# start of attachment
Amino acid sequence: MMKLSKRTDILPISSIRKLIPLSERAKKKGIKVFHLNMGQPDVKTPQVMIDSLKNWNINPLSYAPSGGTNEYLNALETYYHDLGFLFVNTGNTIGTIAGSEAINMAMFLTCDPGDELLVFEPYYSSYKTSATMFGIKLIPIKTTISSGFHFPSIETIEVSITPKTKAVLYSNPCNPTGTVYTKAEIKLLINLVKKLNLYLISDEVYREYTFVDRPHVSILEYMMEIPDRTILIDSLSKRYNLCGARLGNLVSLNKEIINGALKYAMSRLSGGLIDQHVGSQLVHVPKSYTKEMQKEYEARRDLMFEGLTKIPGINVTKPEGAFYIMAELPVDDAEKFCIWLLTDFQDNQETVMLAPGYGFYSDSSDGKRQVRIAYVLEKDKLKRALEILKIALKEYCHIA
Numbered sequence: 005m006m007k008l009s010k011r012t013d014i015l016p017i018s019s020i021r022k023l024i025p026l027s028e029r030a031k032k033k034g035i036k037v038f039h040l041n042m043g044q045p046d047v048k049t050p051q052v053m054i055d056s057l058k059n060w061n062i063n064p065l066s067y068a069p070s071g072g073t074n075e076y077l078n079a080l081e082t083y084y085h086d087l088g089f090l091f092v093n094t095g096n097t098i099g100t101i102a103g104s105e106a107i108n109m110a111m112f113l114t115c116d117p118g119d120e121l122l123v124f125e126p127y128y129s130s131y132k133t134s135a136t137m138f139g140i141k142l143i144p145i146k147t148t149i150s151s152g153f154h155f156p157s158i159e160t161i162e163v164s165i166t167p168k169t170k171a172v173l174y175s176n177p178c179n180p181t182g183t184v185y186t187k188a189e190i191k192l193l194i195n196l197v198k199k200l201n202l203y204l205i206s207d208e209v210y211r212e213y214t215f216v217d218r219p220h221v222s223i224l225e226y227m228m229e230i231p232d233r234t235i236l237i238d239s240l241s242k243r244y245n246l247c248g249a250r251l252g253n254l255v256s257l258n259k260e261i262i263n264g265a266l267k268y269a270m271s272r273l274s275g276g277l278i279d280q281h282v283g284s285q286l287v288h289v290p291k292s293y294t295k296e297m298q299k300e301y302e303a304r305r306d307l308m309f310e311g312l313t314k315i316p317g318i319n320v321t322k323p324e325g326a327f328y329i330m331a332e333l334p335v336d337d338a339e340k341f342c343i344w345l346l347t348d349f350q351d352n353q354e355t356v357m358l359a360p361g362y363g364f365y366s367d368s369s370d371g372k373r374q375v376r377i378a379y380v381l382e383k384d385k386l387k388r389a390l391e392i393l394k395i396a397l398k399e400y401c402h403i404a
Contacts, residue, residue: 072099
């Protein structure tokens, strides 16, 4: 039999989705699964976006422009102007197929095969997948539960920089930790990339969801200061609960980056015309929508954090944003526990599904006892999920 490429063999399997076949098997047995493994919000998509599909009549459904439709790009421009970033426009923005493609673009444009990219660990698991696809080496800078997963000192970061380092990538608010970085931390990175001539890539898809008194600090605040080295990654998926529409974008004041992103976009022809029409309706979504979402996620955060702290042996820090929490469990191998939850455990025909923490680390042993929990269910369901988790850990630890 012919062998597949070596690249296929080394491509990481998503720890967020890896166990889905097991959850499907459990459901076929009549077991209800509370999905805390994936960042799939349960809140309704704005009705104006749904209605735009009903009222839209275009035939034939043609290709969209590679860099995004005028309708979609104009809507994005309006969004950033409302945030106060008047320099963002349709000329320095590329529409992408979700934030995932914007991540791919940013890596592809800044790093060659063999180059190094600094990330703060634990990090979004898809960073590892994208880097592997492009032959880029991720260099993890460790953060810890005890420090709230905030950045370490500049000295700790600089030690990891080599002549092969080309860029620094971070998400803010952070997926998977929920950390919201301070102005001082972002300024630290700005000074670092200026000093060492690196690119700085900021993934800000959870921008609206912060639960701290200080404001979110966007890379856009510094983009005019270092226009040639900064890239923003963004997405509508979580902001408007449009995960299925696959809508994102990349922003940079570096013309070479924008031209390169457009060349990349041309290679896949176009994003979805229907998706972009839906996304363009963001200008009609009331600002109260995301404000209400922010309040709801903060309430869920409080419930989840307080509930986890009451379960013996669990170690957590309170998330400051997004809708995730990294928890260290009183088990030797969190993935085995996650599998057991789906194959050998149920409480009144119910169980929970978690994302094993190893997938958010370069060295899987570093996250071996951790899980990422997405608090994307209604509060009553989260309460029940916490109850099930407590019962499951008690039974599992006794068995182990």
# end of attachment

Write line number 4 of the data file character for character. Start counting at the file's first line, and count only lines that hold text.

């Protein structure tokens, strides 16, 4: 039999989705699964976006422009102007197929095969997948539960920089930790990339969801200061609960980056015309929508954090944003526990599904006892999920 490429063999399997076949098997047995493994919000998509599909009549459904439709790009421009970033426009923005493609673009444009990219660990698991696809080496800078997963000192970061380092990538608010970085931390990175001539890539898809008194600090605040080295990654998926529409974008004041992103976009022809029409309706979504979402996620955060702290042996820090929490469990191998939850455990025909923490680390042993929990269910369901988790850990630890 012919062998597949070596690249296929080394491509990481998503720890967020890896166990889905097991959850499907459990459901076929009549077991209800509370999905805390994936960042799939349960809140309704704005009705104006749904209605735009009903009222839209275009035939034939043609290709969209590679860099995004005028309708979609104009809507994005309006969004950033409302945030106060008047320099963002349709000329320095590329529409992408979700934030995932914007991540791919940013890596592809800044790093060659063999180059190094600094990330703060634990990090979004898809960073590892994208880097592997492009032959880029991720260099993890460790953060810890005890420090709230905030950045370490500049000295700790600089030690990891080599002549092969080309860029620094971070998400803010952070997926998977929920950390919201301070102005001082972002300024630290700005000074670092200026000093060492690196690119700085900021993934800000959870921008609206912060639960701290200080404001979110966007890379856009510094983009005019270092226009040639900064890239923003963004997405509508979580902001408007449009995960299925696959809508994102990349922003940079570096013309070479924008031209390169457009060349990349041309290679896949176009994003979805229907998706972009839906996304363009963001200008009609009331600002109260995301404000209400922010309040709801903060309430869920409080419930989840307080509930986890009451379960013996669990170690957590309170998330400051997004809708995730990294928890260290009183088990030797969190993935085995996650599998057991789906194959050998149920409480009144119910169980929970978690994302094993190893997938958010370069060295899987570093996250071996951790899980990422997405608090994307209604509060009553989260309460029940916490109850099930407590019962499951008690039974599992006794068995182990």